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Forrest Gregg Diagnoised with Parkinson's: Why It Pertains to Today's NFL

6 Sep 1998:  Former player and coach Forrest Gregg makes a speech during a game between the Cincinnati Bengals and the Tennessee Oilers at Cinergy Field in Cincinnati, Ohio. The Oilers defeated the Bengals 23-14. Mandatory Credit: Mark Lyons  /Allsport
Mark Lyons/Getty Images
Brendan O'HareContributor IJanuary 5, 2015

Men like Forrest Gregg are the reason I incessantly harp on the NFL's player safety policy.

Gregg, a Hall of Fame offensive lineman who was everything god-making sportswriters dreamed of (which is a compliment to Gregg), announced today that he was suffering from Parkinson's disease. Read this paragraph from the Associated Press, and try not to yell "WELL OF COURSE IT IS":

"Although the cause of the debilitating neurological disorder is unknown, Gregg, his family and his neurologist say his disease may be related to numerous concussions he suffered during his playing career in the 1950s at SMU and from 1956-71 with the Green Bay Packers and Dallas Cowboys."

I'm going to take a guess and say that it is related, especially after a story where a collegiate Gregg "went over to the other team's bench" only to awake to an ice pack and delirium. Of course, that was a different time and era, and those in charge of football and health were not in full realization that blacking out after suffering head trauma was not a desired consequence. In a way, we still resort to medieval tendencies in the face of concussions, despite the fact that men like Gregg are walking results of what happens when a brain injury is taken lightly.

Someone like San Diego lineman Kris Dielman can see his season in jeopardy after not being removed from a game where he suffered a concussion. Referees are now supposed to be on-field epidemiologists, flailing plastic stethoscopes at players who just had their brain crash into the front of their skull. Players are fined for telling their wives "I'm fine", because the team forgot to do it for them. A "stinger" is an acceptable variation of "concussion."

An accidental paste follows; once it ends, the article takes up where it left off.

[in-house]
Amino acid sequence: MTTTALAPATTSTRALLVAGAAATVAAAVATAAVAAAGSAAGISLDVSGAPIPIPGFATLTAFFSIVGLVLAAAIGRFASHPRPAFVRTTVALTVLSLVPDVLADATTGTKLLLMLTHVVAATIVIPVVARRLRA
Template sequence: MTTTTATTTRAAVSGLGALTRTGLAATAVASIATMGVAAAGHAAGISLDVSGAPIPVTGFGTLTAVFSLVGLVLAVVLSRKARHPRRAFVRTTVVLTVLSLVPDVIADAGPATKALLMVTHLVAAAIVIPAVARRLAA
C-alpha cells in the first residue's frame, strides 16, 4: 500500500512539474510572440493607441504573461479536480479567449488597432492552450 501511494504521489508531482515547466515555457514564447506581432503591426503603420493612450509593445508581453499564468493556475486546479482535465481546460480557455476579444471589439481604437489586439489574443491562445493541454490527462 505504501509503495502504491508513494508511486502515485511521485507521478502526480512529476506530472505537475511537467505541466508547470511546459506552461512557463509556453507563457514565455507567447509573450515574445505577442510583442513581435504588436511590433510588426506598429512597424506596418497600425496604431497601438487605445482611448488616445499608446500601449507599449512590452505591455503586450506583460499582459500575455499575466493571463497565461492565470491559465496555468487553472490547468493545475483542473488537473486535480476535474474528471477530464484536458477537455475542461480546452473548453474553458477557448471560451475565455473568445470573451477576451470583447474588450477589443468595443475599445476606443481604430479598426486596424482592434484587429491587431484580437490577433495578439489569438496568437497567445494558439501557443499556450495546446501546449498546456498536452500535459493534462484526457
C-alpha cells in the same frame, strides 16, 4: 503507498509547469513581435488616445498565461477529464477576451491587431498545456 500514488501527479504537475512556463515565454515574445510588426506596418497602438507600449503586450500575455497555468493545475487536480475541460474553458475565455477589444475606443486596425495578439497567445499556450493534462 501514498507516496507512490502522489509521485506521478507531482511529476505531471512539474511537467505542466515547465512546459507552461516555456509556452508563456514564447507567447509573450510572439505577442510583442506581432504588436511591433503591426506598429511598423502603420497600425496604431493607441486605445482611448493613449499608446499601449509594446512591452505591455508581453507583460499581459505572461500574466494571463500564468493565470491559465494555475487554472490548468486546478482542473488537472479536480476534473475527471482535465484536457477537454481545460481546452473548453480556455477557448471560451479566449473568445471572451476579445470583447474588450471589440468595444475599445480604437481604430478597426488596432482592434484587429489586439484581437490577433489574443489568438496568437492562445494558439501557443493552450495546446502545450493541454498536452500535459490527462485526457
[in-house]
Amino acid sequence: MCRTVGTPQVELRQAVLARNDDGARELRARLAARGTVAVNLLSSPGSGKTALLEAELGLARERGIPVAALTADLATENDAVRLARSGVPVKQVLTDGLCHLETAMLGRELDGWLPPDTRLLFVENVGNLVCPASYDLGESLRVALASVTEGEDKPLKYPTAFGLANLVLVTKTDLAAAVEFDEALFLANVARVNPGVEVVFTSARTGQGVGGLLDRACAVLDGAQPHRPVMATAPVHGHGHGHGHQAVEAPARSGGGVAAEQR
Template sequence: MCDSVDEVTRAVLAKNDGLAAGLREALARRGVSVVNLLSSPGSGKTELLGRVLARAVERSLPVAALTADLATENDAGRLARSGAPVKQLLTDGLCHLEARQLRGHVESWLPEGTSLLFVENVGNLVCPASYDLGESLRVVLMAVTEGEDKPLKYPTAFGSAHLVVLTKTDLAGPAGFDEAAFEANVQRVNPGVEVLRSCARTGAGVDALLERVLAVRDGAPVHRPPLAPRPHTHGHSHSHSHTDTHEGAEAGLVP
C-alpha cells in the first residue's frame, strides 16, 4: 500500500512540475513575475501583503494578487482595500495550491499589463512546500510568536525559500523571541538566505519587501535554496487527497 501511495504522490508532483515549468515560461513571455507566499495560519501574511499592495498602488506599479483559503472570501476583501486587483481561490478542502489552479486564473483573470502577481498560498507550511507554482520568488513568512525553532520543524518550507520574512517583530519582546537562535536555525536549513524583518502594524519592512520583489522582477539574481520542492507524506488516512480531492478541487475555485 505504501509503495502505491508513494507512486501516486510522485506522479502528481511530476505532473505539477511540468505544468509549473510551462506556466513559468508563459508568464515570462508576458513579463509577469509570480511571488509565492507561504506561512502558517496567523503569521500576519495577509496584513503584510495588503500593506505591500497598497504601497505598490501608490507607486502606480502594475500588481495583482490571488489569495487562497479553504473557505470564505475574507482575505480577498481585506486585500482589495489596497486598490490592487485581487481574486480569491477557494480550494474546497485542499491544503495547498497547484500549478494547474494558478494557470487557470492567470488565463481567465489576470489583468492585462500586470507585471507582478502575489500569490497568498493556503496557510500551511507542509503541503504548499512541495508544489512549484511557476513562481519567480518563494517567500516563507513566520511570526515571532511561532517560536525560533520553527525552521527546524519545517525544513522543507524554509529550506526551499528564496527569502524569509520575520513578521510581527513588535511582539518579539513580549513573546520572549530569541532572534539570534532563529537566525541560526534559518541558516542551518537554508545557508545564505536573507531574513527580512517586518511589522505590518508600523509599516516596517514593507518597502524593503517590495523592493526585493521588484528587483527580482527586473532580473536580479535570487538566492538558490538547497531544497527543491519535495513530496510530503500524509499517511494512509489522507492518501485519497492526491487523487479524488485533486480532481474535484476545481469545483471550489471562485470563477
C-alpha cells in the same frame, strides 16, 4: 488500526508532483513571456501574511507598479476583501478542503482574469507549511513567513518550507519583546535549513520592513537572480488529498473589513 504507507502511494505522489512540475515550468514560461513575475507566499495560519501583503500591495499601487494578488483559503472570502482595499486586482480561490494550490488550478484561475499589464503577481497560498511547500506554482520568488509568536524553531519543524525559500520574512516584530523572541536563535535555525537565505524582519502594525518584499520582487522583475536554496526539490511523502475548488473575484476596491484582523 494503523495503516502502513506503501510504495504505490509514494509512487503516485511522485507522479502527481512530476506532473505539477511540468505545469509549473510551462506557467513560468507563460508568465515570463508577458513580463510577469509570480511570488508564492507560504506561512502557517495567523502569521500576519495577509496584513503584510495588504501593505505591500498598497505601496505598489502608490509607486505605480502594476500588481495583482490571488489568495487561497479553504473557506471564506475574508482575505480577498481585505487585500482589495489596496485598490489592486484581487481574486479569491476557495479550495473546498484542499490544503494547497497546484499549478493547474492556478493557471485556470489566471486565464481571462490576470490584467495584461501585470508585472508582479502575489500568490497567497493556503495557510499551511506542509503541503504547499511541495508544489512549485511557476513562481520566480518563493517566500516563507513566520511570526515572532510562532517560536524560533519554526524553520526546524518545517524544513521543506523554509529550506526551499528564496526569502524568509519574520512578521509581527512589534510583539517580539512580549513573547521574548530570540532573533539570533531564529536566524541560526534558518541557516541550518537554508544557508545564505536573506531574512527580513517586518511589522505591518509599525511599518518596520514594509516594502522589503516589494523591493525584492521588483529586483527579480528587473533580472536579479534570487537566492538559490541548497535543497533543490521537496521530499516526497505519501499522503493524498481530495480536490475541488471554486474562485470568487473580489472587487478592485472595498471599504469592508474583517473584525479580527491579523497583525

Gregg played in a then-record 188 consecutive games, a few of which I would bet were played with a concussion. The doctors back then did not know any better, but they do today. It's just now, we refuse to take our knowledge into action, as players get stronger and faster and our moral fiber apparently gets weaker.

Forrest Gregg will now use his remaining time to raise awareness for Parkinson's disease, something that is both admirable and sad at the same time. It's a disease that would've been avoided had the doctors of his era had known such a thing existed, and that it could result from repeated head trauma (if you don't believe it did, look at any retired boxer ever and tell me that). We now have all the science to find out concussions and things of the like immediately, yet I am not sure that we have seen the last of the Forrest Greggs. Not for a long time.

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